“I’m not there yet,” Maddon said. “I’m not worried about the Dodgers. I’m worried about getting our guys healthy and us playing the game properly. If it comes to that, I would be more than happy. I would be ecstatic about facing them in the latter part of the season. They can throw as many lefties as they want. They’re good, but I can’t worry about the Dodgers.” 

Preview: Arrieta, Cubs return home to face Pirates Monday on CSN

Preview: Arrieta, Cubs return home to face Pirates Monday on CSN

Jake Arrieta and the Cubs return home to battle the Pittsburgh Pirates on Monday, and you can catch all the action on CSN at 7:05 p.m. Then catch first pitch with Len Kasper and Jim Deshaies. Be sure to stick around after the final out to get analysis and player reaction on Cubs Postgame Live.

Starting pitching matchup: Steven Brault (0-1, 3.60 ERA) vs. Jake Arrieta (16-5, 2.62 ERA)

Click here for a game preview to make sure you’re ready for the action.  

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Theme trip: Cubs break down at Dodger Stadium with miscommunication between Javier Baez and Ben Zobrist

Theme trip: Cubs break down at Dodger Stadium with miscommunication between Javier Baez and Ben Zobrist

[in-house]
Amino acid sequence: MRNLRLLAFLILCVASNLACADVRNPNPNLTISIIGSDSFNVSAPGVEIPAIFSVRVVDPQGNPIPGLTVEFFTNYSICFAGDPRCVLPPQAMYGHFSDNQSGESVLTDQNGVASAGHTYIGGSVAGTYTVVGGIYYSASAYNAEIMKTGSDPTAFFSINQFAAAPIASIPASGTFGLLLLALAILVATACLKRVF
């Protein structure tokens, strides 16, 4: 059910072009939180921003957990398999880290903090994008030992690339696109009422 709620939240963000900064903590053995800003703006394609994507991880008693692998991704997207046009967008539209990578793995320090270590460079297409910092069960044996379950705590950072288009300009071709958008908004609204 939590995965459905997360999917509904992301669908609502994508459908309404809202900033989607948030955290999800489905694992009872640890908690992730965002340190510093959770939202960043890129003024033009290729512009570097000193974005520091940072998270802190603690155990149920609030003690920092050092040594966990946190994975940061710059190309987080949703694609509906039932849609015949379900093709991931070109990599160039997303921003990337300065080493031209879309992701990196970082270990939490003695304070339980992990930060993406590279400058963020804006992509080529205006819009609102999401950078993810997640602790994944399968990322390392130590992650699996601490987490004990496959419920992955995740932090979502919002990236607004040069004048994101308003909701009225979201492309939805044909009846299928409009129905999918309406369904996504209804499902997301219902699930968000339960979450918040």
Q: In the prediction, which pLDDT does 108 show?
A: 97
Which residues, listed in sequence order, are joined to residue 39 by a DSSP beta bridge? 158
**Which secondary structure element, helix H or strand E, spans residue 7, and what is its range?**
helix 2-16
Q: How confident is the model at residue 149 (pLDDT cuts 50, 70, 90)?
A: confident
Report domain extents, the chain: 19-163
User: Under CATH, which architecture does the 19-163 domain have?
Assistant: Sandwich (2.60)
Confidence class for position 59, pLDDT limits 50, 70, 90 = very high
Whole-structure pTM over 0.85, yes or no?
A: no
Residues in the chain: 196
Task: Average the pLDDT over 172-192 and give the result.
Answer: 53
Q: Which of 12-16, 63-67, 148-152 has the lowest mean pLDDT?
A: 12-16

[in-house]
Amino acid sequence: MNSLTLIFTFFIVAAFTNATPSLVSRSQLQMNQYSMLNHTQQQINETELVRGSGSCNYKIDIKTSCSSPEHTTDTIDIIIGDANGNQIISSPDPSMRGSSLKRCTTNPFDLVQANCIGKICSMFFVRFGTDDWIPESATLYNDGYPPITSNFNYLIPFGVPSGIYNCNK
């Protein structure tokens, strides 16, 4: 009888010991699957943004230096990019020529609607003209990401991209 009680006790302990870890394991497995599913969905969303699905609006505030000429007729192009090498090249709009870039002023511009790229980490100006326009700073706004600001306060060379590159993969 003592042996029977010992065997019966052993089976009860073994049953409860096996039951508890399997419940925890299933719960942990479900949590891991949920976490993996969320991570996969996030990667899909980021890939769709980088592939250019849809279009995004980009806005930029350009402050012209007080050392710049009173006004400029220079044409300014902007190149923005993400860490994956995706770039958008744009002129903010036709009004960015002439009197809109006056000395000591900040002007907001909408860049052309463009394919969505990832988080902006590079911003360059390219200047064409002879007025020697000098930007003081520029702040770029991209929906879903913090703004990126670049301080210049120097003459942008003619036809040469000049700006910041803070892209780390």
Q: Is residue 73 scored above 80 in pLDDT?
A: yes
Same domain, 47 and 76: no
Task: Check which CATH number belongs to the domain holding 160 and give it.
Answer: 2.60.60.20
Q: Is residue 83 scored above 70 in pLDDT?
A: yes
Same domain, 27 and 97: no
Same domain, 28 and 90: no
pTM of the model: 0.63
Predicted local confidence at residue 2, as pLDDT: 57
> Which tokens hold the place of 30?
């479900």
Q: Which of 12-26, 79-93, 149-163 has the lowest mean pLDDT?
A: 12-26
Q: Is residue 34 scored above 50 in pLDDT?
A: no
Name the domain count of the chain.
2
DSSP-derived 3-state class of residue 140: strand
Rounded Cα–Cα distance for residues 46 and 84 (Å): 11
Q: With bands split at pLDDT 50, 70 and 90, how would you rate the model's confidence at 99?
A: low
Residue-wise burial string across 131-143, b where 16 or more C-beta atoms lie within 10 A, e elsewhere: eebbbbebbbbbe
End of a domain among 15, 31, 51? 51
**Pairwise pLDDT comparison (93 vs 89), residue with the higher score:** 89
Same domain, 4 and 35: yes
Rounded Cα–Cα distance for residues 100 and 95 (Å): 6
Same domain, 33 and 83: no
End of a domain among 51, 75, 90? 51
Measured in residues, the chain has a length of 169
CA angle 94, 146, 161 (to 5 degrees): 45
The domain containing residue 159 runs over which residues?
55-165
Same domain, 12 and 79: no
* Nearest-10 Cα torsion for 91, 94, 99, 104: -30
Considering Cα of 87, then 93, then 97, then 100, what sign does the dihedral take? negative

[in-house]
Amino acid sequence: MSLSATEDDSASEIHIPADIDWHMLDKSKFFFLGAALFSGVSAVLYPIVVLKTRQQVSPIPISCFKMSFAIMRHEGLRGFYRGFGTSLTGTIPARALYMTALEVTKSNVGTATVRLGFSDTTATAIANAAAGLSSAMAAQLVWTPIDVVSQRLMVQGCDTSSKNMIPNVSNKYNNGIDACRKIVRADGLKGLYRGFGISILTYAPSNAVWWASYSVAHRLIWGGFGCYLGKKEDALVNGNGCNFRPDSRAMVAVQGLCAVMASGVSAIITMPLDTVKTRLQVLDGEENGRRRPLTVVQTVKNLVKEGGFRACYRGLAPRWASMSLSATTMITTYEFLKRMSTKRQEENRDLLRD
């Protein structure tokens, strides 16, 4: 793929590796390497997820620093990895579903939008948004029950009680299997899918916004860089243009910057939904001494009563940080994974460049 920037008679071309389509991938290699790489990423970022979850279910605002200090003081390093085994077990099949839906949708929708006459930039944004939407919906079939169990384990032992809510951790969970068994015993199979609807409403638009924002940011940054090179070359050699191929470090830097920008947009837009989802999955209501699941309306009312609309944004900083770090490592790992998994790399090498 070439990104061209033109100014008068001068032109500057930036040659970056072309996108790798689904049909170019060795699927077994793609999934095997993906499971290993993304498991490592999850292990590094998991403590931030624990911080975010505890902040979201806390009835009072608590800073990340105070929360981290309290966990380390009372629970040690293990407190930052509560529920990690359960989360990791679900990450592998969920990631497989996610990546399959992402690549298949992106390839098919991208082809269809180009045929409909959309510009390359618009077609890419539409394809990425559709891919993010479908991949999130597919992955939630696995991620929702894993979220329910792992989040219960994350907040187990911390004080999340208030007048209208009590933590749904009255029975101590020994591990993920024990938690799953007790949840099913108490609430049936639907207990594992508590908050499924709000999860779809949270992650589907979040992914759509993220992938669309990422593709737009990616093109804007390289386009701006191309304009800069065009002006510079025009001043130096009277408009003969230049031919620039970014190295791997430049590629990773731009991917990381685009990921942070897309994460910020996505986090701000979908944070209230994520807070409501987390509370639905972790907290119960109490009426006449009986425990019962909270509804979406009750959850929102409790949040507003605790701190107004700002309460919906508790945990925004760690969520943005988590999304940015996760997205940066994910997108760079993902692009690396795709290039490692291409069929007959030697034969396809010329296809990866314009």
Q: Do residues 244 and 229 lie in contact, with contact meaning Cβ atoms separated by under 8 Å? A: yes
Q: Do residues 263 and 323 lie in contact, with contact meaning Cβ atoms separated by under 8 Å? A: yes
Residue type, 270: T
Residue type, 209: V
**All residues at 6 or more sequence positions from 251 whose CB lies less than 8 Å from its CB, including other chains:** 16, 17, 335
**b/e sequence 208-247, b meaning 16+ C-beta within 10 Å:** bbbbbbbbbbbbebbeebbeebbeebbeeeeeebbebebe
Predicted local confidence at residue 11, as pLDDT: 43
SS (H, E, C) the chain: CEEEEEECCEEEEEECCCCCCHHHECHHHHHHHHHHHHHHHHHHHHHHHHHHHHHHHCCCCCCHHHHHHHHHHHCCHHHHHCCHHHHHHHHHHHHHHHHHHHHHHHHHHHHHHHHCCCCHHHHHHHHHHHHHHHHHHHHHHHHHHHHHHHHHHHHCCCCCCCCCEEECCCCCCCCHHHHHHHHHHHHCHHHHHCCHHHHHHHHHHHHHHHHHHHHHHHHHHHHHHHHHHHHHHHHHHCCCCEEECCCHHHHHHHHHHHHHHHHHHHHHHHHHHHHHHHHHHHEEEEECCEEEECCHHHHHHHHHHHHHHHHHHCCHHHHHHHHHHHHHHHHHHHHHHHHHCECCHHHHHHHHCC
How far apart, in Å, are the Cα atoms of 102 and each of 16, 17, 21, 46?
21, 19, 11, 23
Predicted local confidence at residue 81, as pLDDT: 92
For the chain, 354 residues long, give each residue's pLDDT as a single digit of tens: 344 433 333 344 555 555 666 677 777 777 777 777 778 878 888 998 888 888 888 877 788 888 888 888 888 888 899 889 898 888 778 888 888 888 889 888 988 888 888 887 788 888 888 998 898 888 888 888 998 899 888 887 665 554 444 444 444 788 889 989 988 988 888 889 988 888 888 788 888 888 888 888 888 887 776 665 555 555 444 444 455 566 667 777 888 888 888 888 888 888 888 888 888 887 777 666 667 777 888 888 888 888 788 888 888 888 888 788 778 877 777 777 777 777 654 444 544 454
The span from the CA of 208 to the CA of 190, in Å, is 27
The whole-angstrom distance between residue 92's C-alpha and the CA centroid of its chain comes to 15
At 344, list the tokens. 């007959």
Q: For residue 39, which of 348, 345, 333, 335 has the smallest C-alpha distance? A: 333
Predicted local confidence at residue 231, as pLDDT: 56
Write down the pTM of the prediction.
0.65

LOS ANGELES – Joe Maddon watched John Lackey board the team bus on Sunday morning wearing a Team USA onesie. The Cubs manager later noticed Aroldis Chapman in pajamas in the clubhouse on his way out to the dugout for his pregame media session at Dodger Stadium.
 
“We’ve created our own little culture, our own little identity,” Maddon said. “I just love the fact that they buy into those moments. Your stars are buying into it.”
 
The Cubs are in their own world, followed like rock stars on the road, freed from baseball’s unwritten rules and checked out from the daily anxiety and scoreboard-watching stress during a normal pennant race. 

But the Cubs weren’t in a playful mood after a 1-0 loss, even as they changed into their onesies – Mr. Peanut, Yoda, Stars and Stripes, camouflage – for the flight home from the West Coast. Almost exactly a year after Jake Arrieta threw his no-hitter here, the Cubs had their in-house TV crew shooting the postgame scene inside the locker room – look at us! – while Dodger Stadium security kicked out the Chicago reporters waiting to take pictures outside the clubhouse.   

The Cubs got a reminder that the Dodgers are a team to be reckoned with, that every-pitch focus matters, that communication will be essential in tight playoff games. That’s what this felt like, a crowd of 44,745 erupting in the eighth inning after a replay review that lasted 96 seconds confirmed the call on the field.